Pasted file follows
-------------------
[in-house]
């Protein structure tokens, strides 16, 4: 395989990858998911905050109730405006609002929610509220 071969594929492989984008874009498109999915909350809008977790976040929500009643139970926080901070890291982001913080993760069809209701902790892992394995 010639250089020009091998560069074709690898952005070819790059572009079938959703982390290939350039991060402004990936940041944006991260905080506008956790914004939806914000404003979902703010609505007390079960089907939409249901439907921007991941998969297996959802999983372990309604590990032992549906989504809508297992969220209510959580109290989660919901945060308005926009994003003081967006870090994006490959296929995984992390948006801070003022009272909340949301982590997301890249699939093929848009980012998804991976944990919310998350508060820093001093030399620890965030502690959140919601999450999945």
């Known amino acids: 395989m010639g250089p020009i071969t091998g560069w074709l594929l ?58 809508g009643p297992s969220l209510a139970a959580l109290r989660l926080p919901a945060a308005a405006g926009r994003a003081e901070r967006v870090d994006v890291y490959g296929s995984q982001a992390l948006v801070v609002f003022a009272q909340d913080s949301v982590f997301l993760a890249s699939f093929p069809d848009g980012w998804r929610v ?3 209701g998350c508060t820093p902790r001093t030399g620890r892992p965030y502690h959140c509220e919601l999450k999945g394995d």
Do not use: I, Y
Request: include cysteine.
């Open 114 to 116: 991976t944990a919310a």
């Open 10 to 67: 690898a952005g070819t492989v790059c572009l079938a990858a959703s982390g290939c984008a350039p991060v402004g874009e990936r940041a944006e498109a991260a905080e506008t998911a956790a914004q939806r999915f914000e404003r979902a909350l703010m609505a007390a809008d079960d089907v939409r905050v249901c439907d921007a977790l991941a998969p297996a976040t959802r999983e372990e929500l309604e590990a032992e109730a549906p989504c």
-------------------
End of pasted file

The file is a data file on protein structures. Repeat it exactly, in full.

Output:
[in-house]
């Protein structure tokens, strides 16, 4: 395989990858998911905050109730405006609002929610509220 071969594929492989984008874009498109999915909350809008977790976040929500009643139970926080901070890291982001913080993760069809209701902790892992394995 010639250089020009091998560069074709690898952005070819790059572009079938959703982390290939350039991060402004990936940041944006991260905080506008956790914004939806914000404003979902703010609505007390079960089907939409249901439907921007991941998969297996959802999983372990309604590990032992549906989504809508297992969220209510959580109290989660919901945060308005926009994003003081967006870090994006490959296929995984992390948006801070003022009272909340949301982590997301890249699939093929848009980012998804991976944990919310998350508060820093001093030399620890965030502690959140919601999450999945």
């Known amino acids: 395989m010639g250089p020009i071969t091998g560069w074709l594929l ?58 809508g009643p297992s969220l209510a139970a959580l109290r989660l926080p919901a945060a308005a405006g926009r994003a003081e901070r967006v870090d994006v890291y490959g296929s995984q982001a992390l948006v801070v609002f003022a009272q909340d913080s949301v982590f997301l993760a890249s699939f093929p069809d848009g980012w998804r929610v ?3 209701g998350c508060t820093p902790r001093t030399g620890r892992p965030y502690h959140c509220e919601l999450k999945g394995d």
Do not use: I, Y
Request: include cysteine.
């Open 114 to 116: 991976t944990a919310a």
């Open 10 to 67: 690898a952005g070819t492989v790059c572009l079938a990858a959703s982390g290939c984008a350039p991060v402004g874009e990936r940041a944006e498109a991260a905080e506008t998911a956790a914004q939806r999915f914000e404003r979902a909350l703010m609505a007390a809008d079960d089907v939409r905050v249901c439907d921007a977790l991941a998969p297996a976040t959802r999983e372990e929500l309604e590990a032992e109730a549906p989504c």